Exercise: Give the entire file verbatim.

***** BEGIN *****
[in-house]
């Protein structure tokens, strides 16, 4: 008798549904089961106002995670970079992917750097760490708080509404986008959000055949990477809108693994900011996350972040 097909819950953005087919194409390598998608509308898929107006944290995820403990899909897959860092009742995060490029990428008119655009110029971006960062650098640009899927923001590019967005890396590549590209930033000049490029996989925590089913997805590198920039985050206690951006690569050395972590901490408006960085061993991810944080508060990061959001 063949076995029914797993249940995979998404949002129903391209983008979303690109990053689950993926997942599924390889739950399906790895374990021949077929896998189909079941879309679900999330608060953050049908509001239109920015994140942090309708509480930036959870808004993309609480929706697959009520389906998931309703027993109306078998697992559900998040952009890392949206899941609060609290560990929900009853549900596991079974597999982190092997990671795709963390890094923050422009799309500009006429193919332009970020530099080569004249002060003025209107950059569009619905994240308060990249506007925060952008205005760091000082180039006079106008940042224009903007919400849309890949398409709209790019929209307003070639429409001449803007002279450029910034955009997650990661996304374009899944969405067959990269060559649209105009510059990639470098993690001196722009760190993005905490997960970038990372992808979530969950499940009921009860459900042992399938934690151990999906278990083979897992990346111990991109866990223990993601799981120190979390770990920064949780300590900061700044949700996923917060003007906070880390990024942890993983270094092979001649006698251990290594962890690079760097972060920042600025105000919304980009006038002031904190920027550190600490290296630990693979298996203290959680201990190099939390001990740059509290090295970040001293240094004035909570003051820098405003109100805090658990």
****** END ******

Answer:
[in-house]
């Protein structure tokens, strides 16, 4: 008798549904089961106002995670970079992917750097760490708080509404986008959000055949990477809108693994900011996350972040 097909819950953005087919194409390598998608509308898929107006944290995820403990899909897959860092009742995060490029990428008119655009110029971006960062650098640009899927923001590019967005890396590549590209930033000049490029996989925590089913997805590198920039985050206690951006690569050395972590901490408006960085061993991810944080508060990061959001 063949076995029914797993249940995979998404949002129903391209983008979303690109990053689950993926997942599924390889739950399906790895374990021949077929896998189909079941879309679900999330608060953050049908509001239109920015994140942090309708509480930036959870808004993309609480929706697959009520389906998931309703027993109306078998697992559900998040952009890392949206899941609060609290560990929900009853549900596991079974597999982190092997990671795709963390890094923050422009799309500009006429193919332009970020530099080569004249002060003025209107950059569009619905994240308060990249506007925060952008205005760091000082180039006079106008940042224009903007919400849309890949398409709209790019929209307003070639429409001449803007002279450029910034955009997650990661996304374009899944969405067959990269060559649209105009510059990639470098993690001196722009760190993005905490997960970038990372992808979530969950499940009921009860459900042992399938934690151990999906278990083979897992990346111990991109866990223990993601799981120190979390770990920064949780300590900061700044949700996923917060003007906070880390990024942890993983270094092979001649006698251990290594962890690079760097972060920042600025105000919304980009006038002031904190920027550190600490290296630990693979298996203290959680201990190099939390001990740059509290090295970040001293240094004035909570003051820098405003109100805090658990």